While not exactly a model of risky or unconventional programming, this season opener did include a rare visit by the Deutsches Symphonie-Orchester Berlin, an orchestra with a rich pedigree, and had two of the most in-demand young artists of the day – British conductor Robin Ticciati and Norwegian violinist Vilde Frang – sharing the bill.

Read the full review on Bachtrack.


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A sunny matinee at the BBC Proms with Joshua Bell and the ASMF

Felix Mendelssohn: Overture A Midsummer Night’s Dream, Op. 21
Camille Saint-Saëns: Violin Concerto #3 in B minor, Op. 61
Frank Bridge: Lament (Catherine, aged 9, “Lusitania” 1915)
Ludwig van Beethoven: Symphony #4 in B Flat Major, Op. 60

Joshua Bell, violin
Academy of St Martin in the Fields/Joshua Bell
London, Royal Albert Hall, 12 August 2018

The Academy of St Martin in the Fields (ASMF) brought an utterly delightful matinee concert at the BBC Proms under their music director, violinist Joshua Bell. The joys were manifold. For one thing, it was a beautifully varied bill, including a couple of rarities. But above all this was a concert that demonstrated the pleasure of making music together, by a first-class ensemble of 40 musicians breathing as one and visibly enjoying their moment in the spotlights. Acting both (or simultaneously) as conductor and as soloist, Joshua Bell appeared a true inspirational force. Conducting from the leader’s chair (if not playing, wielding his bow as baton) in Mendelssohn, Bridge and Beethoven, he went centre stage to play and direct Saint-Saëns’ Third Violin Concerto. And all from memory.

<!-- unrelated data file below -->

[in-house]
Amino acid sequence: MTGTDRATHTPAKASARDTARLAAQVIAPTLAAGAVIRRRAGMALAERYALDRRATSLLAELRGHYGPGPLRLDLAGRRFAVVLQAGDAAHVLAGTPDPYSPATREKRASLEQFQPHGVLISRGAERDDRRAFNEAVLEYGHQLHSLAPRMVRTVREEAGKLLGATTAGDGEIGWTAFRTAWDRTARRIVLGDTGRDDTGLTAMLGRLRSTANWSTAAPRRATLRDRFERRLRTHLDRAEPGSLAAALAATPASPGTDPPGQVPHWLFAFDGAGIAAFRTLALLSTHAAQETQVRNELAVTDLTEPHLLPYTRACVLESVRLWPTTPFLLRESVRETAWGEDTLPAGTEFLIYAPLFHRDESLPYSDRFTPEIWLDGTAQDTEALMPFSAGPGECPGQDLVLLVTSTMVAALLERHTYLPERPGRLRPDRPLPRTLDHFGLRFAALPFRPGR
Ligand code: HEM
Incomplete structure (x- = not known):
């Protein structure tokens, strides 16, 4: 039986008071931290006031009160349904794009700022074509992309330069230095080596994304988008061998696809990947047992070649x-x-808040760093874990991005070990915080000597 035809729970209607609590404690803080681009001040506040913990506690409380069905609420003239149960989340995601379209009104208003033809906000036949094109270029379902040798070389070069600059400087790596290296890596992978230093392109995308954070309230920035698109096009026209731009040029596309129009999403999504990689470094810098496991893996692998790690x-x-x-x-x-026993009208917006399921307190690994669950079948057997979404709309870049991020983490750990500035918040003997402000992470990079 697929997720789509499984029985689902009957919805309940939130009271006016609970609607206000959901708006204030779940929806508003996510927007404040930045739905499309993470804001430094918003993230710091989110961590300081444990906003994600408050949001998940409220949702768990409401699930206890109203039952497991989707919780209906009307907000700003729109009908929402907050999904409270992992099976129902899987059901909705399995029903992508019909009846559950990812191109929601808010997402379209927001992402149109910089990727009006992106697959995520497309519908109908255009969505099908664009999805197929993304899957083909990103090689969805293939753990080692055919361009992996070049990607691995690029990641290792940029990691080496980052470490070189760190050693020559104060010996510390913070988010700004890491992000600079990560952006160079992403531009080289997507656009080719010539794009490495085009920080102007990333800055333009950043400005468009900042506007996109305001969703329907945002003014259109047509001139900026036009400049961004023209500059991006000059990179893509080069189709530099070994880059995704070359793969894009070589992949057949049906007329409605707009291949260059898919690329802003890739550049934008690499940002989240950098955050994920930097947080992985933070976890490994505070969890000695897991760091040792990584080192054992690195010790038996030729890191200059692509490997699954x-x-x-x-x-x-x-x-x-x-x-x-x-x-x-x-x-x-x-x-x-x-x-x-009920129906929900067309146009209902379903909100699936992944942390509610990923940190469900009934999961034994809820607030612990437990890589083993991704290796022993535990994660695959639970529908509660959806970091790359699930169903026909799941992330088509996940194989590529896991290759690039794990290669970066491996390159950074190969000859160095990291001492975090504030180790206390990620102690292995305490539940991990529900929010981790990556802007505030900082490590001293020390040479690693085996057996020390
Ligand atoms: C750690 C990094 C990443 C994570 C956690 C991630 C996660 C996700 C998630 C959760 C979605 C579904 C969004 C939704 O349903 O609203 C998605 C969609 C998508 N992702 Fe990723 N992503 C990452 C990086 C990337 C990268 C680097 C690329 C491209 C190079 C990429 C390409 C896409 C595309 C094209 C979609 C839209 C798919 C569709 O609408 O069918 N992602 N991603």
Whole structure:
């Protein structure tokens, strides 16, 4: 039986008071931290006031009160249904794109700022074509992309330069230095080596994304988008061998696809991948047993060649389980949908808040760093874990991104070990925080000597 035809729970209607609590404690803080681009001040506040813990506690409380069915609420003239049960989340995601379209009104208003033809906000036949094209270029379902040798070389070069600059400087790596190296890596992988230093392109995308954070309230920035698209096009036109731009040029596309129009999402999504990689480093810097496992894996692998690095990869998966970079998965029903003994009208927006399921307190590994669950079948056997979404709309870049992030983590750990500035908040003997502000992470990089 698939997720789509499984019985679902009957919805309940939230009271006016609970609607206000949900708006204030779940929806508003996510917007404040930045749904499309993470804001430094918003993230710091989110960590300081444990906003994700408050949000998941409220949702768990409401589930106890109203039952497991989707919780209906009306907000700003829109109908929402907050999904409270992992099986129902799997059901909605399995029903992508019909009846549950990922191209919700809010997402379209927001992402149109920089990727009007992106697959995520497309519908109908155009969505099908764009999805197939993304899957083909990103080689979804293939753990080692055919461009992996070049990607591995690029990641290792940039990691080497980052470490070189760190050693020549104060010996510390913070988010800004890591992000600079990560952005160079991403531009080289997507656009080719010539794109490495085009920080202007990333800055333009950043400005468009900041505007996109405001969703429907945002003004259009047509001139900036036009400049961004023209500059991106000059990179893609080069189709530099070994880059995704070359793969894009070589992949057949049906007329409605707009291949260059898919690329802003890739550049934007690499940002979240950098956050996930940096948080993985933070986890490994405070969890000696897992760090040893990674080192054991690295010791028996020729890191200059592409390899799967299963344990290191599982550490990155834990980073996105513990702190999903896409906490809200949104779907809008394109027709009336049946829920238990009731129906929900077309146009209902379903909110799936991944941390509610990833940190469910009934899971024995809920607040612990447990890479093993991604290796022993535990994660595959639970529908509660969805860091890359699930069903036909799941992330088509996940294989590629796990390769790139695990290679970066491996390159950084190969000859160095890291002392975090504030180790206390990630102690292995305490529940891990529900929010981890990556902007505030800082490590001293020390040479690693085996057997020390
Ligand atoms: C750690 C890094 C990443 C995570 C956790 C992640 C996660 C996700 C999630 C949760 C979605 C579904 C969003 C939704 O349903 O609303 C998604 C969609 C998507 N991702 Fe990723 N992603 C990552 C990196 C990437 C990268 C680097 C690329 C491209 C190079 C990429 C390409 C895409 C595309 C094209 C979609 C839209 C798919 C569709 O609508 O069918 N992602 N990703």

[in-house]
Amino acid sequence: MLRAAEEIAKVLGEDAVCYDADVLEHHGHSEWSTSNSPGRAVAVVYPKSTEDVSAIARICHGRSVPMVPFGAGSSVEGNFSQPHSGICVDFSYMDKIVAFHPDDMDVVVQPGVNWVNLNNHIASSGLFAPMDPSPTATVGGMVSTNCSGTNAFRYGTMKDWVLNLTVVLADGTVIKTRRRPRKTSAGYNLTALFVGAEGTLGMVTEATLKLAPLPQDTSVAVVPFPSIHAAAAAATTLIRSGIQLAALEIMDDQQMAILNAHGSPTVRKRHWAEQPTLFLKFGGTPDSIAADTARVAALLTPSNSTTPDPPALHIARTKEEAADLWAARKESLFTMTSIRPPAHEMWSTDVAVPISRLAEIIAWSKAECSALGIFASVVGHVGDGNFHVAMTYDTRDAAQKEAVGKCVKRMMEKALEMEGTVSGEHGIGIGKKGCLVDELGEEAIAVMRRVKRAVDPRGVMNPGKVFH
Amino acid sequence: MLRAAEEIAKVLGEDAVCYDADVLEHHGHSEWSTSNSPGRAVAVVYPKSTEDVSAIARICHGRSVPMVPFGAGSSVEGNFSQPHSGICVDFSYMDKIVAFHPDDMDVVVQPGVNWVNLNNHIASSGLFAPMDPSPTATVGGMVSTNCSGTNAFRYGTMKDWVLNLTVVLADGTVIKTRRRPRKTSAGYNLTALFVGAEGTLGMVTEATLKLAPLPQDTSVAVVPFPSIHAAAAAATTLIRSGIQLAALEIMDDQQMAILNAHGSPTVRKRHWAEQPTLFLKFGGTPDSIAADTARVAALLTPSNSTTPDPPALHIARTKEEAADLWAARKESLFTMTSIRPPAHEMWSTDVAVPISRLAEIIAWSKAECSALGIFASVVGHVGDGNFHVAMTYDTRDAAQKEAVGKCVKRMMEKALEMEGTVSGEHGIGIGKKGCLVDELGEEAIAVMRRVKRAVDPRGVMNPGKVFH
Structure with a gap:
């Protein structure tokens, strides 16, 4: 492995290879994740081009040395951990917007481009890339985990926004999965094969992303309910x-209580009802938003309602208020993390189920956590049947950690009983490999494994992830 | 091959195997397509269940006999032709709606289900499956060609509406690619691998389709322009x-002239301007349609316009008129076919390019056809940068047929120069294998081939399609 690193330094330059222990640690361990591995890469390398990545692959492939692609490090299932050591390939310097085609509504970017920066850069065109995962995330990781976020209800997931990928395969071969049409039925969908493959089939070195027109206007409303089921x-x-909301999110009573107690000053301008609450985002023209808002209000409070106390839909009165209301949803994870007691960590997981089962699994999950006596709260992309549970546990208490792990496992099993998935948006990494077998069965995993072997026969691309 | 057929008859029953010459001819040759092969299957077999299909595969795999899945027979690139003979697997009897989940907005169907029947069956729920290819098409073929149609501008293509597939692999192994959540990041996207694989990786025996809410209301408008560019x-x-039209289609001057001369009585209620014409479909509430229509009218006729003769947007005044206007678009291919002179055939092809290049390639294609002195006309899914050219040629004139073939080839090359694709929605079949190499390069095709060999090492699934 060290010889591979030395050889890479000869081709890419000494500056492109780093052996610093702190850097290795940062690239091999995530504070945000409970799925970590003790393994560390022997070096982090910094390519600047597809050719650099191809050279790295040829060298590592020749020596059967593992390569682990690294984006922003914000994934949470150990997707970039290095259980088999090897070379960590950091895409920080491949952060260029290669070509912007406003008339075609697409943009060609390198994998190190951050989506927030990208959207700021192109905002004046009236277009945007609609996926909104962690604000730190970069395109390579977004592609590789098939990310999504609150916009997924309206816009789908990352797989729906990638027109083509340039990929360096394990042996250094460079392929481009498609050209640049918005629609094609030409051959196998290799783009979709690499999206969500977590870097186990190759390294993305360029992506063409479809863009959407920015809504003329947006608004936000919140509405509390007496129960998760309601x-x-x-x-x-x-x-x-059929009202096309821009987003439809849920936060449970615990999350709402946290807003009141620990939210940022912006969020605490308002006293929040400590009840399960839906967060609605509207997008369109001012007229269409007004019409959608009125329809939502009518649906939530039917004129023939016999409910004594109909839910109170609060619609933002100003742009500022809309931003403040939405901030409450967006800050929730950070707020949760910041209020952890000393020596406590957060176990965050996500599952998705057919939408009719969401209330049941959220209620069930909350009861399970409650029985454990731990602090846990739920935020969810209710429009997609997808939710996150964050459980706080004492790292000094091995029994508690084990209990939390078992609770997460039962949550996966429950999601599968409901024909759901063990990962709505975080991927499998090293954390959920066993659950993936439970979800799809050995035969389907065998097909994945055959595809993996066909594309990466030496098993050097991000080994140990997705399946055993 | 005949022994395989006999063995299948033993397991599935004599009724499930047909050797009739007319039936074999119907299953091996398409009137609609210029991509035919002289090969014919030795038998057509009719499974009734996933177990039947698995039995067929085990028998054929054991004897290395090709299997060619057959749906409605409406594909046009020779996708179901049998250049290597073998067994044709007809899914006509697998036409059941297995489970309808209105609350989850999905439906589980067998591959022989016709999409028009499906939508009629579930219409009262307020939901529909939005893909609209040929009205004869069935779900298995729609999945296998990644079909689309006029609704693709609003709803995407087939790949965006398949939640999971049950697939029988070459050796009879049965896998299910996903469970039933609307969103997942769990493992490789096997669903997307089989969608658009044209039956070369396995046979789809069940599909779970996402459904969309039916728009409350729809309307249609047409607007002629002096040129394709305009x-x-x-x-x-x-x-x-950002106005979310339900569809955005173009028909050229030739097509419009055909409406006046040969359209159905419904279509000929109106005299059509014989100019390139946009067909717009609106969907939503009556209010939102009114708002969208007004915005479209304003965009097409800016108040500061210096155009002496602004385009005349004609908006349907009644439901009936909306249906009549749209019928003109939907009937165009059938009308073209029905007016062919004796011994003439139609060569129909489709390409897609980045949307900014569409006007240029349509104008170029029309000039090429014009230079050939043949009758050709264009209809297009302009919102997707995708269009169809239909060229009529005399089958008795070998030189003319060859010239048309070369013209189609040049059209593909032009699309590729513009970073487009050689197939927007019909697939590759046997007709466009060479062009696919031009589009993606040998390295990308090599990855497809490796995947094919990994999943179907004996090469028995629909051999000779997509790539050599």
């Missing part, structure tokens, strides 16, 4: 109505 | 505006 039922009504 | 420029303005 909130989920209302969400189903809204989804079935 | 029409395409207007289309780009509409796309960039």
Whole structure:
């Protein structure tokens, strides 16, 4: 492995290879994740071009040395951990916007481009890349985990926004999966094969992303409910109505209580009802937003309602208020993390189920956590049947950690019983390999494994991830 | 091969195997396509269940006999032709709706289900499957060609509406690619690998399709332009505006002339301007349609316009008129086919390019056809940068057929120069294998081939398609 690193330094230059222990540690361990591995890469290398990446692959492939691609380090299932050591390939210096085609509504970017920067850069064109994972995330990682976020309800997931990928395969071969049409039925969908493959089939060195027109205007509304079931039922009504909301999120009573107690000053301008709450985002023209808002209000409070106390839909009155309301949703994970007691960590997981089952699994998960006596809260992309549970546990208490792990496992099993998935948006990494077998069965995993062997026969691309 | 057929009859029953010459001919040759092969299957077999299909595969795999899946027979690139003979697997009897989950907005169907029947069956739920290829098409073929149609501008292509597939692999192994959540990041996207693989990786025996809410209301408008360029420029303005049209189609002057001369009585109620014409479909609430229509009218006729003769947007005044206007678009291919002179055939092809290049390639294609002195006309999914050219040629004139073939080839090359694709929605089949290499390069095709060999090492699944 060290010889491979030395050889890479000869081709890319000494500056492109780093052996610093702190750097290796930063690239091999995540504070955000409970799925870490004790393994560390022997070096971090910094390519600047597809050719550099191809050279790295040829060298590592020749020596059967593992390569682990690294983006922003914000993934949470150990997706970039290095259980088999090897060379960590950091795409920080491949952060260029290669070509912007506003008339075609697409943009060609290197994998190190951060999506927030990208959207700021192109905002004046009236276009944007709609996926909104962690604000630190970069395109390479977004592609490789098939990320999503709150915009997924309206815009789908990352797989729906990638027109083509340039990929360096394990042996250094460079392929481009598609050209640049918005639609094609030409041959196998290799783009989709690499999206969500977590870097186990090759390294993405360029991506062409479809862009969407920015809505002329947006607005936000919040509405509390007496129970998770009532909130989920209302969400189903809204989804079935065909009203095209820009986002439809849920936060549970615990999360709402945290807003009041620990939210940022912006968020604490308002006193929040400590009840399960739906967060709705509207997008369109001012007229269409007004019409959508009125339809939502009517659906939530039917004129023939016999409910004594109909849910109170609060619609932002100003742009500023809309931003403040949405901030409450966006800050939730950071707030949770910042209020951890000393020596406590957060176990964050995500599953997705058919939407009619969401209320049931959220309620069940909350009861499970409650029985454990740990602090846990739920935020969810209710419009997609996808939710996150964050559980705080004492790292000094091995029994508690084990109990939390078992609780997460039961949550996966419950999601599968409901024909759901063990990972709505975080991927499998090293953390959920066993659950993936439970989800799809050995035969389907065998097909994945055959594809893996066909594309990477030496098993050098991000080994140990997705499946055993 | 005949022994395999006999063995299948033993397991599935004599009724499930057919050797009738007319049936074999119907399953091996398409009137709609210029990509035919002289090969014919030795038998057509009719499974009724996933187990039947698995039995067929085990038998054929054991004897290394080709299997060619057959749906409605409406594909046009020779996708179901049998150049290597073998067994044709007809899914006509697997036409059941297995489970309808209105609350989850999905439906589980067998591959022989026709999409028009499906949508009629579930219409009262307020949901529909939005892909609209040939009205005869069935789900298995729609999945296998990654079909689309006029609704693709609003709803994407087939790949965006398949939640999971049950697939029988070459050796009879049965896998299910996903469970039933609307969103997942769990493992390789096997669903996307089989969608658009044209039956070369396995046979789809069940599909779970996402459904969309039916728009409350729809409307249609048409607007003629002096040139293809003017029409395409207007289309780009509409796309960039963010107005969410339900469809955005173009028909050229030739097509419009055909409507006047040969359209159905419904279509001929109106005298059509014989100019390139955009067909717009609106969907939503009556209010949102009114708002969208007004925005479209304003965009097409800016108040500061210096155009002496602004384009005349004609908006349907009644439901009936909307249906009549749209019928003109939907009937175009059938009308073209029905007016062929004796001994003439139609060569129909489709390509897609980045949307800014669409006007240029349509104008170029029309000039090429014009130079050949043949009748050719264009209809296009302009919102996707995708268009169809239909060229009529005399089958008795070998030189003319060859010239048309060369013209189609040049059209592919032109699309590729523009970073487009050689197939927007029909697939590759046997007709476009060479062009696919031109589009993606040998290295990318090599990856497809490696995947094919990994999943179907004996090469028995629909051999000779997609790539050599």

The concert took off with Mendelssohn’s Overture for A Midsummer Night’s Dream. The woodwinds had a bit of a rough start but pretty soon everything fell into place and this rendition was teeming with youthful energy and imagination. The different scenes and moods of Mendelssohn’s microcosmic distillation of Shakespearean fantasy came vividly alive now with transparent textures, then again with warm colors and subtle shading. While Bell kept things going at a lively pace, the sound quality of the ASMF was outstanding throughout.